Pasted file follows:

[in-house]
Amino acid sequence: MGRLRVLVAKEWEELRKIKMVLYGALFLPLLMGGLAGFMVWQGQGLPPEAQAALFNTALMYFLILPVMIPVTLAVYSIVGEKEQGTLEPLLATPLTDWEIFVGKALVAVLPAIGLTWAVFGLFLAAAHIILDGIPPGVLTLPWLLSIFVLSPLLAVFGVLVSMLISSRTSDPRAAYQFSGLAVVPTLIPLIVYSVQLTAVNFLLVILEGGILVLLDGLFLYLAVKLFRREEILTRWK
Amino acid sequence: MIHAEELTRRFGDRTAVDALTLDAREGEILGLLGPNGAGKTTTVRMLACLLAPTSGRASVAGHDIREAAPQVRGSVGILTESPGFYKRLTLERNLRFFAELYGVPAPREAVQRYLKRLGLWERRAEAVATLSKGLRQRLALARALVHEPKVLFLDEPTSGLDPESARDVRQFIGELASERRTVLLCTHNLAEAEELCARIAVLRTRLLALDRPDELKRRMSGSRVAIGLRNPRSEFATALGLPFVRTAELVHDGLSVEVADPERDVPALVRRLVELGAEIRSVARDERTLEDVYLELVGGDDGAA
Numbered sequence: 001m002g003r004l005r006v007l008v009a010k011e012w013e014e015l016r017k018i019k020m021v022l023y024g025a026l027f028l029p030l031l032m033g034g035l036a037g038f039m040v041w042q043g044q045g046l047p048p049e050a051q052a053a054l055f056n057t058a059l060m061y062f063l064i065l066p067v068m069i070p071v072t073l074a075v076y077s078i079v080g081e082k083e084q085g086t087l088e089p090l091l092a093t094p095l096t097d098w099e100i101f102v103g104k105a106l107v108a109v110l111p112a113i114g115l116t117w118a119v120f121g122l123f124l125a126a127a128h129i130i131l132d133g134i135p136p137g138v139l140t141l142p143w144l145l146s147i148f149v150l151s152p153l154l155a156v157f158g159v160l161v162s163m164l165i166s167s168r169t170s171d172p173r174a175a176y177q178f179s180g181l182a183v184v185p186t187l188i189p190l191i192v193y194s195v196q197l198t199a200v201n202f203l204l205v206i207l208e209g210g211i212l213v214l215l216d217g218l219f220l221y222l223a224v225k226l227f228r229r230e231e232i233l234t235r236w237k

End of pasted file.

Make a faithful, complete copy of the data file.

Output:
[in-house]
Amino acid sequence: MGRLRVLVAKEWEELRKIKMVLYGALFLPLLMGGLAGFMVWQGQGLPPEAQAALFNTALMYFLILPVMIPVTLAVYSIVGEKEQGTLEPLLATPLTDWEIFVGKALVAVLPAIGLTWAVFGLFLAAAHIILDGIPPGVLTLPWLLSIFVLSPLLAVFGVLVSMLISSRTSDPRAAYQFSGLAVVPTLIPLIVYSVQLTAVNFLLVILEGGILVLLDGLFLYLAVKLFRREEILTRWK
Amino acid sequence: MIHAEELTRRFGDRTAVDALTLDAREGEILGLLGPNGAGKTTTVRMLACLLAPTSGRASVAGHDIREAAPQVRGSVGILTESPGFYKRLTLERNLRFFAELYGVPAPREAVQRYLKRLGLWERRAEAVATLSKGLRQRLALARALVHEPKVLFLDEPTSGLDPESARDVRQFIGELASERRTVLLCTHNLAEAEELCARIAVLRTRLLALDRPDELKRRMSGSRVAIGLRNPRSEFATALGLPFVRTAELVHDGLSVEVADPERDVPALVRRLVELGAEIRSVARDERTLEDVYLELVGGDDGAA
Numbered sequence: 001m002g003r004l005r006v007l008v009a010k011e012w013e014e015l016r017k018i019k020m021v022l023y024g025a026l027f028l029p030l031l032m033g034g035l036a037g038f039m040v041w042q043g044q045g046l047p048p049e050a051q052a053a054l055f056n057t058a059l060m061y062f063l064i065l066p067v068m069i070p071v072t073l074a075v076y077s078i079v080g081e082k083e084q085g086t087l088e089p090l091l092a093t094p095l096t097d098w099e100i101f102v103g104k105a106l107v108a109v110l111p112a113i114g115l116t117w118a119v120f121g122l123f124l125a126a127a128h129i130i131l132d133g134i135p136p137g138v139l140t141l142p143w144l145l146s147i148f149v150l151s152p153l154l155a156v157f158g159v160l161v162s163m164l165i166s167s168r169t170s171d172p173r174a175a176y177q178f179s180g181l182a183v184v185p186t187l188i189p190l191i192v193y194s195v196q197l198t199a200v201n202f203l204l205v206i207l208e209g210g211i212l213v214l215l216d217g218l219f220l221y222l223a224v225k226l227f228r229r230e231e232i233l234t235r236w237k